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By Larry Woody, Outdoors Writer

The rabbits are chasing the fox at Highland Rim Speedway.

Eager young drivers Garrett Dies of Hartsville and Hunter Wright of Lebanon are pursuing wily veteran Mark Day in the track’s Pro 8 Late Model division, and although the season is in the early stages, they are hanging tough.

“Both young men are doing an excellent job,” says track owner Jerry Criswell.

“They have really come into their own. For many years Mark Day has been one of the best drivers around, not just locally but in the entire Southeast. He’s an extremely smart racer – I compare him to David Pearson – and when these young drivers a third his age can keep up with him, it shows how well they’re doing.”

Submitted photo
Hartsville’s Garrett Dies poses with sponsors Jackie Gaither, left, and Kevin Gaines.

As of June 15, Wright, 18, leads the division points standings. Day, 57, of Clarksville, is second and Dies, 17, is sixth.

“I like racing against Mark,” says Dies, a junior at Trousdale County High.

“But,” he adds with a laugh, “I don’t like getting beat by him.”

Wright, in addition to defending his Legends Series track championship this season, also is competing in Highland Rim’s more advanced Pro 8 Late Model division. He says getting an opportunity to race against veteran drivers such as Day will make him a better driver.

“I enjoy the competition,” he says. “That’s how you learn. I’m competitive, and I like the challenge.”

Dies is coming off a winless season in the track’s Late Model division. Although he didn’t win a feature race last year, he captured three heats and posted three top-ten finishes.

“It wasn’t a bad year,” he says, “but this year I want to win races.”

Young drivers sometimes have different viewpoints about racing against veterans who not only have an edge in experience, but also often have superior cars and equipment. On one hand it’s challenging, but on the other hand it can take a toll on a young racer’s confidence.

“I won’t let losing to Mark discourage me,” Garrett says. “I know how good he is, and that losing to him is nothing to get down about. But it also makes me determined to beat him eventually. My goal every race is to finish ahead of the No. 8 (Day’s car). If I do that, I’m probably going to win the race.”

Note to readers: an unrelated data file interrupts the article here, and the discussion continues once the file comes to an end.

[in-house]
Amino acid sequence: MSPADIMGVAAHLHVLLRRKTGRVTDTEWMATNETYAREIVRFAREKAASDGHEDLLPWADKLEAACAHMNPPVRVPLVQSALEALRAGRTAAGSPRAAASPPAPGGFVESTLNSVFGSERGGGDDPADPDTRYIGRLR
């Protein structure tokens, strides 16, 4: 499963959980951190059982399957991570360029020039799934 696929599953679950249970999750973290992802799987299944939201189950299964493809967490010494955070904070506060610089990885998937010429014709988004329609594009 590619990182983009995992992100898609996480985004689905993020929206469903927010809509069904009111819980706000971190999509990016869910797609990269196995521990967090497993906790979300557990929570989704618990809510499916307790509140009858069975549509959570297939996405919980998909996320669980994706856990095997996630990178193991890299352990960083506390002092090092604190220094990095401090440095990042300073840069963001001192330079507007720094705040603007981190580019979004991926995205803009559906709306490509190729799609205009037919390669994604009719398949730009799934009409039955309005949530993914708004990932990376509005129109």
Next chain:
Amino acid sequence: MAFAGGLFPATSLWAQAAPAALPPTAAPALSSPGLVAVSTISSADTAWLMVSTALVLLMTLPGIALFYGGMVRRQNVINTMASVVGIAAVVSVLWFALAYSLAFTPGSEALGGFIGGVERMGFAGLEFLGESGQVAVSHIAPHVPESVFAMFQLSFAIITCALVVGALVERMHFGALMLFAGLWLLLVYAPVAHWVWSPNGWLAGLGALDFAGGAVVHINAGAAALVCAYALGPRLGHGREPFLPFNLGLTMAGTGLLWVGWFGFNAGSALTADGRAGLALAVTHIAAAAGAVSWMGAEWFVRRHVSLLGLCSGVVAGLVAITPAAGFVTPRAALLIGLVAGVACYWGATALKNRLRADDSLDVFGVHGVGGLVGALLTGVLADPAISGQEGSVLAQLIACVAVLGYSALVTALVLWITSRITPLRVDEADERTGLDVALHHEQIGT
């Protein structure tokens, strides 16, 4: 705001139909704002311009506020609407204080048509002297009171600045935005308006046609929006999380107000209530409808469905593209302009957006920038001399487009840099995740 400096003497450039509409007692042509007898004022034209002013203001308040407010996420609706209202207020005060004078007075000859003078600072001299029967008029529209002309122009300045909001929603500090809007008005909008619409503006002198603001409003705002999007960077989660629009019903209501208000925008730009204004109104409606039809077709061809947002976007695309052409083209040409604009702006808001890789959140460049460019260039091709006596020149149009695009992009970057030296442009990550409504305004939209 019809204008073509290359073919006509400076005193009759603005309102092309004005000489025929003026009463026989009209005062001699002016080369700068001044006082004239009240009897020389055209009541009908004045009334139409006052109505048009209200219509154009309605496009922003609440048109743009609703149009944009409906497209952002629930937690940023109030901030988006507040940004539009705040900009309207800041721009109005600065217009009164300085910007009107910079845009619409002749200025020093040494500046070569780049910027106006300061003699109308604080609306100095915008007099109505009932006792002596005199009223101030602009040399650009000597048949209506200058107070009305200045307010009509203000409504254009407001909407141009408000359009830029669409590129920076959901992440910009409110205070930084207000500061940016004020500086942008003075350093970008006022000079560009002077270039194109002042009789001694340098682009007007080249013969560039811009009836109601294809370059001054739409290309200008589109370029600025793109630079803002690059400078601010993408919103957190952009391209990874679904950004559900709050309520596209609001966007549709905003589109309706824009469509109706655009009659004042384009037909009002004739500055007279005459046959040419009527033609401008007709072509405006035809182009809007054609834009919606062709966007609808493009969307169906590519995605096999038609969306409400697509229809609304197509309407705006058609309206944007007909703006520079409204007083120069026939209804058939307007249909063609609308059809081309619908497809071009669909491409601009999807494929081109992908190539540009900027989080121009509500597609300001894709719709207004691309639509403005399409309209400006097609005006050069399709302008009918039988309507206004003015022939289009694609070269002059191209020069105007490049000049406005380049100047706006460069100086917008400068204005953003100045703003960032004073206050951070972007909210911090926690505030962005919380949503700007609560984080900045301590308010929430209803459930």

Garrett says Day is a gracious winner.

“Just about every time he wins, he comes over and tells me I ran a good race,” he says. “Coming from Mark Day it’s a real compliment. I’ve been a fan of his ever since my dad and I met him at Montgomery (Ala.) Speedway when I was six or seven.”

Garrett predicts some heated battles between himself and Hunter as they chase Day.

“Hunter is a great racer and we really go at it,” he says. “He is fun to race against.”

Garrett’s dad Roy, a former racer, is pleased with his son’s progress.

“He has done a good job,” says Roy, who over the years raced at Highland Rim Speedway, Fairgrounds Speedway and in Beech Bend, Ky. He competed from 1987-2001, and now devotes his time to working with his son’s team.

Reflecting on his own career, Roy says, “I get a bigger kick out of watching Garrett race than I did when I was racing myself.”

Garrett says his mom Ann shares their enthusiasm, although “she gets kinda nervous when she watches me race.”

Garrett got a big boost earlier this year when he secured a sponsorship from Lebanon-based Cumberland Reality. His car carries a “G-Team” logo in tribute to sponsors Jackie Gaither and Kevin Gaines.

“We’ve got a lot of good things going for us,” Garrett says. “I expect a good season.”